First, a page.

#52weeks52stories “Frozen in Time, Part III”

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#52weeks52stories: Week 47

Word prompt: smack

Word count – 724

Reading time – 2 mins, 14 secs

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Frozen in Time, Part III

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Luci Gwynn yammered on about sanity napkins and belts as Petra huddled in the sofa’s corner clutching a hot water bottle against her stomach.

Neither of them heard Vance enter.

“What’s wrong with her?”

Startled, Luci looked up at her husband then smiled toward her daughter.

“My little girl’s growing up and entering womanhood.”

“Damn. Now I’ve got to keep an eye on her little hot ass, so she doesn’t go whoring around like the rest of the women in your family.”

Luci’s mouth gaped open in surprise and outrage, but she never got to respond.

Propelled forward by hate, disgust, and a new influx of hormones, Petra pounced on her father, hitting, biting, and scratching in a frenzy of rage.

Caught off-guard and stunned at first, Vance swept his arms down his body, knocking Petra to the floor.

She rose to her knees, panting like an animal ready to attack again, but Vance backed away looking at his hands and arms and feeling his face.

Undeterred, Petra tried to advance on him, but Luci wrapped her arms around her from behind, holding her back.

Vance left the room without a word, the only sound being the opening and closing of the front door.

Loosening her grip, Luci spun her daughter around. “What is wrong with you?”

Still shaking while hostility and loathing coursed through her, Petra was defiant.

“I hate him.”

“But what if he doesn’t come back?”

“Good.”

Luci’s anger grew to match her daughter’s.

“Good? What’s good about it? What about me, Petra?”

The teen sneered. “No more beatings and bruises.”

She knew the slap was coming and didn’t flinch.

Horrified by her own actions, Luci yanked her arm back, clutching her hands to her chest.

“Petra, baby, I’m so sorry.”

Petra back away, her sneer replaced by a smile, then giggles.

Luci reached out for her daughter, but Petra stepped back farther. Her giggles grew to roaring laughter.

“Petra… -”

Wrapping her arms around her stomach, Petra doubled over and tried to speak through gasps for air.

“This… is great. Daddy gives you a black eye for… something as dumb as wearing the wrong dress… and you take it. But you have no problem slapping me for standing up to the big bully.”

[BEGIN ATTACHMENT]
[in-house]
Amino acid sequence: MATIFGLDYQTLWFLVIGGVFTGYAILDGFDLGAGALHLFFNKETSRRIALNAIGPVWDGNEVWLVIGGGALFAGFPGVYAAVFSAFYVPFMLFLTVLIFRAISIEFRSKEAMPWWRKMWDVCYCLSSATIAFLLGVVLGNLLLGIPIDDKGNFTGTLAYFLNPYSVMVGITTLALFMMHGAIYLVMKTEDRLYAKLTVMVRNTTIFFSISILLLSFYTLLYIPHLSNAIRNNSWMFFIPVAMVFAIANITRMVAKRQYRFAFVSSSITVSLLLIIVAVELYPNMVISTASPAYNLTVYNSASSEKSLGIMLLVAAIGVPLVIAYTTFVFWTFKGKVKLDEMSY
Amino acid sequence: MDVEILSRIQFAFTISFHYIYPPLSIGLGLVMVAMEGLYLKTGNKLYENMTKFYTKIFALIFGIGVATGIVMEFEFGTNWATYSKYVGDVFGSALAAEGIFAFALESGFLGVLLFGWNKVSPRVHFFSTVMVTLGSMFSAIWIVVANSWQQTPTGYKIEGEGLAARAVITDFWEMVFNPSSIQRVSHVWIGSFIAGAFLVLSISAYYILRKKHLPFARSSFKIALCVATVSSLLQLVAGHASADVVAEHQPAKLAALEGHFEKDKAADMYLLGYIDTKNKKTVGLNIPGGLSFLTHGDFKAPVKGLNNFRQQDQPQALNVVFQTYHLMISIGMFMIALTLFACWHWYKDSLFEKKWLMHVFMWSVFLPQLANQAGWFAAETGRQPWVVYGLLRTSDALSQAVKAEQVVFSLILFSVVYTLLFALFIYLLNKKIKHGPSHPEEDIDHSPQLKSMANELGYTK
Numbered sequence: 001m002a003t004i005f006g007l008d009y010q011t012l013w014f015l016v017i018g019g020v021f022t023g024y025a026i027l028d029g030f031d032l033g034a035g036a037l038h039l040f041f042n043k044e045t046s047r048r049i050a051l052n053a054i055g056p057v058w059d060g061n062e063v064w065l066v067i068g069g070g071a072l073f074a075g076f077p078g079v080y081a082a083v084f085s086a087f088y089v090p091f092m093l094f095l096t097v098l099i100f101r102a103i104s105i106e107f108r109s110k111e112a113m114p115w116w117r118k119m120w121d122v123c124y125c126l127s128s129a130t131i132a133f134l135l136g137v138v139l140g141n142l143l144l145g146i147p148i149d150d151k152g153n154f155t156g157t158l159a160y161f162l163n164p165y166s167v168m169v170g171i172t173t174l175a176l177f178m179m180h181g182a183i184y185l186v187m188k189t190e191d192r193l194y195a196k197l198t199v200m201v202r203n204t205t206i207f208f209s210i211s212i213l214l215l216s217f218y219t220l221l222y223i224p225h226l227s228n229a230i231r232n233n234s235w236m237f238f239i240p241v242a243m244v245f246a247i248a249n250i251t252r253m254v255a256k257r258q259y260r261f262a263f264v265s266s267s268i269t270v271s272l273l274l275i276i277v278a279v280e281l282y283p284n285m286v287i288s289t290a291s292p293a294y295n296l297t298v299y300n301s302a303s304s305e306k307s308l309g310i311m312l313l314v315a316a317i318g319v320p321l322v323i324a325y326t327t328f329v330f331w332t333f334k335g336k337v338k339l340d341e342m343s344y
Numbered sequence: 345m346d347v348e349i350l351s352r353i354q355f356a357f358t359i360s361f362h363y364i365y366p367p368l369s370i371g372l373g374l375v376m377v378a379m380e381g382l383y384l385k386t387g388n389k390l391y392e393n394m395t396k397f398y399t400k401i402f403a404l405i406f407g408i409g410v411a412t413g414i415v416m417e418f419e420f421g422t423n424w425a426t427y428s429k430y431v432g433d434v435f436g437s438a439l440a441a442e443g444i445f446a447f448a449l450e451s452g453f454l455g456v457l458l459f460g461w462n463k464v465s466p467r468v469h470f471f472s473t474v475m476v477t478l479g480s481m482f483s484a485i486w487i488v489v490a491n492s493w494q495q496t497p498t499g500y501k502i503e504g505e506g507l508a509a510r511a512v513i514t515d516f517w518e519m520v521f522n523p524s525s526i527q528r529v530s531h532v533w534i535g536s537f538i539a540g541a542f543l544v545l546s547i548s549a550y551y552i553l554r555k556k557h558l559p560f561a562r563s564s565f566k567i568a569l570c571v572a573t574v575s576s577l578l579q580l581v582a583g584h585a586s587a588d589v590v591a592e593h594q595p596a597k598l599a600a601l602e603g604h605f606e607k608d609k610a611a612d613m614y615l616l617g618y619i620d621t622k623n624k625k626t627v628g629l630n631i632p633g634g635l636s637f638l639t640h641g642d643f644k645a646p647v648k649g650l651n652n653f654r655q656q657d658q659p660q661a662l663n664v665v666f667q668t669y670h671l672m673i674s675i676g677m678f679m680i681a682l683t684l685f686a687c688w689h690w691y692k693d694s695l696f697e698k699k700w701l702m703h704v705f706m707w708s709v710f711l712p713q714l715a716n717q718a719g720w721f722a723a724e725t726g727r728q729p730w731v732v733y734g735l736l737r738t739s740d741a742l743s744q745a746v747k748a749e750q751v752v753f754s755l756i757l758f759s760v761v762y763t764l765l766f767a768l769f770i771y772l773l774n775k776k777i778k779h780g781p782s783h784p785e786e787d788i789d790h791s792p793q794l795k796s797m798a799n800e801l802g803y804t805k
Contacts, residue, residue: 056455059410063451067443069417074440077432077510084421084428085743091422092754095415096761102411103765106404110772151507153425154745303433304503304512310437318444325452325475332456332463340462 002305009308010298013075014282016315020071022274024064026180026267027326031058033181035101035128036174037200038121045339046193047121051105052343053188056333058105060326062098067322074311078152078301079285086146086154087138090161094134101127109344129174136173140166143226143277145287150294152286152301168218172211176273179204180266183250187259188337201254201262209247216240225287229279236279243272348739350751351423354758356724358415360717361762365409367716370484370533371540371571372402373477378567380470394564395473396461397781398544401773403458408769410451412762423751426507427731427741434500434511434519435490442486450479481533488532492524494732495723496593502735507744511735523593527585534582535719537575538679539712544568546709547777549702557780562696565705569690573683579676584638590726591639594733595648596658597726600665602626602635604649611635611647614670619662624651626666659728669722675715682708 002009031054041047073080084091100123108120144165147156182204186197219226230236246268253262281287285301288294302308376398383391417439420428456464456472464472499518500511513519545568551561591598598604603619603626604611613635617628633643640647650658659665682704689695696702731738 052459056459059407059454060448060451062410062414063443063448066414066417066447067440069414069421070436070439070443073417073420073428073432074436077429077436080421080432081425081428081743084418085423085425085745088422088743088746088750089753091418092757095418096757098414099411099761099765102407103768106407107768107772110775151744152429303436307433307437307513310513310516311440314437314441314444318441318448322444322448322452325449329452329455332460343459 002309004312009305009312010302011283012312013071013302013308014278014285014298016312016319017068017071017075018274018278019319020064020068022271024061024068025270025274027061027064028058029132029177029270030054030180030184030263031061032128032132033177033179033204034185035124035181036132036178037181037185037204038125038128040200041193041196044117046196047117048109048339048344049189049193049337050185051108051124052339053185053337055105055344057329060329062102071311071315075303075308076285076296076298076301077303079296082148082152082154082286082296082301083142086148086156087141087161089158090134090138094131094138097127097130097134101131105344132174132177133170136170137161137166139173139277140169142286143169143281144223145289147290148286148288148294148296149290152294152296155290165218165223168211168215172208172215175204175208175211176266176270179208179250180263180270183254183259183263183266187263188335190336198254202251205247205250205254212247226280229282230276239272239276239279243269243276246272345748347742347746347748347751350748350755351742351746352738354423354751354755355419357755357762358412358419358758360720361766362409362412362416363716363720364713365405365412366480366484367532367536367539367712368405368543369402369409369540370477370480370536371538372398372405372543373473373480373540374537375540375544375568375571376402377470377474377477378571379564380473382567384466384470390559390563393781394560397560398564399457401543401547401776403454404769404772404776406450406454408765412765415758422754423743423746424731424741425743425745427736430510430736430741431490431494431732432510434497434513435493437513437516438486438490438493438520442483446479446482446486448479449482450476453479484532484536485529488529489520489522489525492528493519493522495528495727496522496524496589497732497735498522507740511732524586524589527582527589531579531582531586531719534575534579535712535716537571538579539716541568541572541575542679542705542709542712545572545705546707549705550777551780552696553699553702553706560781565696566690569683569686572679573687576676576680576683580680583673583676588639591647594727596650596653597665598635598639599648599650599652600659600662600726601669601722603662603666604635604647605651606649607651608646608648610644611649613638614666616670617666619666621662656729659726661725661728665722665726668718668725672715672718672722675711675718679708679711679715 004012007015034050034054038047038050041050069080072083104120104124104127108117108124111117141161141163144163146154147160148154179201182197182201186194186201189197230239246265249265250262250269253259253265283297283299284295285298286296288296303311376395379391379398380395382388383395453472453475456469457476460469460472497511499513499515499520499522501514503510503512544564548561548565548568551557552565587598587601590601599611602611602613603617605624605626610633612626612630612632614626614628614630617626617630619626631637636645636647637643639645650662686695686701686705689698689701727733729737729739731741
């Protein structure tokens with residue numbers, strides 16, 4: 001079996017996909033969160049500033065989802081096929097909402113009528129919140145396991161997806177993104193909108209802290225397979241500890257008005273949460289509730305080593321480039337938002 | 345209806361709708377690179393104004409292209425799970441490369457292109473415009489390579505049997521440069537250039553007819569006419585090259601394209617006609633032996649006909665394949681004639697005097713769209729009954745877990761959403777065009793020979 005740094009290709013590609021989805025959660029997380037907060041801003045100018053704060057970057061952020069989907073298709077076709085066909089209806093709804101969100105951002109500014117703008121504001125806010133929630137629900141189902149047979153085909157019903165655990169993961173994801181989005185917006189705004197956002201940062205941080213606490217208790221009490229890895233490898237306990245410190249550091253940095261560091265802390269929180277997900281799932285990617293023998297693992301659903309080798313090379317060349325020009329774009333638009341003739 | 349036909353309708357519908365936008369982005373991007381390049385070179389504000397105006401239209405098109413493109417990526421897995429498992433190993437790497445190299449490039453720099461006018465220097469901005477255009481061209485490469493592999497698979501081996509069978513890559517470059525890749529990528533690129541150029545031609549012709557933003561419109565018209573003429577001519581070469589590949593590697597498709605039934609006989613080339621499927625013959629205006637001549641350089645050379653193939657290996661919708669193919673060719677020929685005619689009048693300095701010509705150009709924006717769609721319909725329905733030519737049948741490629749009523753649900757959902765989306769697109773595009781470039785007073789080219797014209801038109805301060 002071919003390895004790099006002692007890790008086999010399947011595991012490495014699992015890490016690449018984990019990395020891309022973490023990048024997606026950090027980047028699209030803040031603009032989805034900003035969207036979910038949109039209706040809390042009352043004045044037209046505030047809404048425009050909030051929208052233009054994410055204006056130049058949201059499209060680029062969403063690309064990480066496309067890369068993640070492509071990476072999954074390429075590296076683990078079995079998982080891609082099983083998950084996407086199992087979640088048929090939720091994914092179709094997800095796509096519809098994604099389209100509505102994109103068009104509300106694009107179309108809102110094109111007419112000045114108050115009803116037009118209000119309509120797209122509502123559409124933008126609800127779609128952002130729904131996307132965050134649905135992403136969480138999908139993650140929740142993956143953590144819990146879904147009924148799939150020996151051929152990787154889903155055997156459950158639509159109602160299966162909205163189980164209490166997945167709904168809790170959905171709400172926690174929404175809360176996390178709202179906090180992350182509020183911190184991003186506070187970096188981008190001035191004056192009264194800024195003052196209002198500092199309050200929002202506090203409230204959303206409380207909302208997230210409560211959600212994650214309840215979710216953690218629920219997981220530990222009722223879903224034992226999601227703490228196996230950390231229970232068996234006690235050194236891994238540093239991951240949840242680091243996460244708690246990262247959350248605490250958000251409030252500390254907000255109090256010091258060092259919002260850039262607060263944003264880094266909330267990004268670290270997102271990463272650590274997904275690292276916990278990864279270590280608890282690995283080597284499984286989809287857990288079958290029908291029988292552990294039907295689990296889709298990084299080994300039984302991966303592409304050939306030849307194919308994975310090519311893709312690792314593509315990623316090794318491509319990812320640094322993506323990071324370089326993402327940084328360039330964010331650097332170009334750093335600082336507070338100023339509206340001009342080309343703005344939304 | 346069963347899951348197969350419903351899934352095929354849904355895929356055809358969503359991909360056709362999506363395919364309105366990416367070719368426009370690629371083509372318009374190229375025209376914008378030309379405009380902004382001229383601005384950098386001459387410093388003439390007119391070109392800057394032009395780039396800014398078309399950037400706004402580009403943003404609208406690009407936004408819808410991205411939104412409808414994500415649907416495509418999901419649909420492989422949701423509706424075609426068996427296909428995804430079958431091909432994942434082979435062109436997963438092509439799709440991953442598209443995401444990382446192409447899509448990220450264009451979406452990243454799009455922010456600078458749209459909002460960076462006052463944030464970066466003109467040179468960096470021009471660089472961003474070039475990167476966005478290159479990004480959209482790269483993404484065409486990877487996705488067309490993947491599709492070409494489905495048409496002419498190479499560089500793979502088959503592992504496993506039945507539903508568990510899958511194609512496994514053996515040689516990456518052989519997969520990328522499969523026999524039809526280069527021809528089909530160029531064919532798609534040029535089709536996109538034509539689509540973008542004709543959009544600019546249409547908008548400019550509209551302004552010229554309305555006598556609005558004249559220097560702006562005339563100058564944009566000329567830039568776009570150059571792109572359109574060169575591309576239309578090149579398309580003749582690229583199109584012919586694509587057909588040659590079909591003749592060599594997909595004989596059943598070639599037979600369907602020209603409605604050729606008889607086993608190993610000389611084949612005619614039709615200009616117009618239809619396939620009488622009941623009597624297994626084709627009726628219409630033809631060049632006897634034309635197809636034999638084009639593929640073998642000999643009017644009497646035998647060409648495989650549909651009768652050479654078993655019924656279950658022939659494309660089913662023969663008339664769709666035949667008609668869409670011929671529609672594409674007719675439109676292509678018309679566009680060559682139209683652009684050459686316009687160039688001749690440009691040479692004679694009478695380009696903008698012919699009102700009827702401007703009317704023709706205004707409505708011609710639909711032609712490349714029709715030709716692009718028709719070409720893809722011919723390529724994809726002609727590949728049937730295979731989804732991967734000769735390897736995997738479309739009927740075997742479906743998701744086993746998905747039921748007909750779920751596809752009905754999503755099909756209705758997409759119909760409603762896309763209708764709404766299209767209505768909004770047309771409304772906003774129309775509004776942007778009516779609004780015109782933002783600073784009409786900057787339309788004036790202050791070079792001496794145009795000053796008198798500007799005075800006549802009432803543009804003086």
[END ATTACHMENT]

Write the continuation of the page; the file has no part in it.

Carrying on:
“Petra, baby… you don’t understand -”

“Shut up! Don’t say that! Don’t tell me I don’t understand.”

Her laughter abated, Petra rose to her full height.

“Me, Arnold and Leonard have tried to understand our entire lives. We sneak into each other’s rooms and cry together. We’ve been to the library, digging through books on domestic violence because we can’t tell anybody. We can’t ask for help, because we’ll be separated, and Arnie and Len are all I have. So, we decided you put up with daddy to protect us.” She scoffed. “But now I know we were wrong, mama. We’ve always been wrong. It’s about you, only you.”

“No, you’re wrong, baby. I do it for you and your brothers.”

“None of us should have ever been born. This isn‘t a family, it‘s a prison camp.”

“Don’t say that! You kids are everything to me.”

She hung her head in shame.

“Yes, your father hits me, but he’s never hit you. He’s never hurt any of you.”

“Hurt me? Did you see him, mama? I’m his daughter… a thirteen-year-old girl. He didn’t hit me—he didn’t fight back, and not because he’s some noble father. That was fear in his eyes. He’s not used to being challenged. Not used to anyone fighting back. You should try it sometime.”

Luci’s face crumpled at the truth of her daughter’s words.

“But you know what, mama? You don‘t have to use fists to hurt someone.”

Her words were heavy and toneless, and her body sagged, the emotional burden taking its toll.

Repeating her father’s movements, Petra backed toward the doorway.

“But he can’t hurt me anymore, mama. And he’ll never hurt me again.”

Reaching the doorway, Petra glared at the woman who’d given her life.

“And neither will you.”

“Petra!”

Ignoring Luci, she turned and left the room, not stopping until she reached the sanctuary of her bedroom.

Petra Gwynn remembered that day, not for the onset of her periods and the first step toward adulthood, but as the day both her parents no longer mattered to her.

 

 

To be continued

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©2018 Felicia Denise, All Rights Reserved

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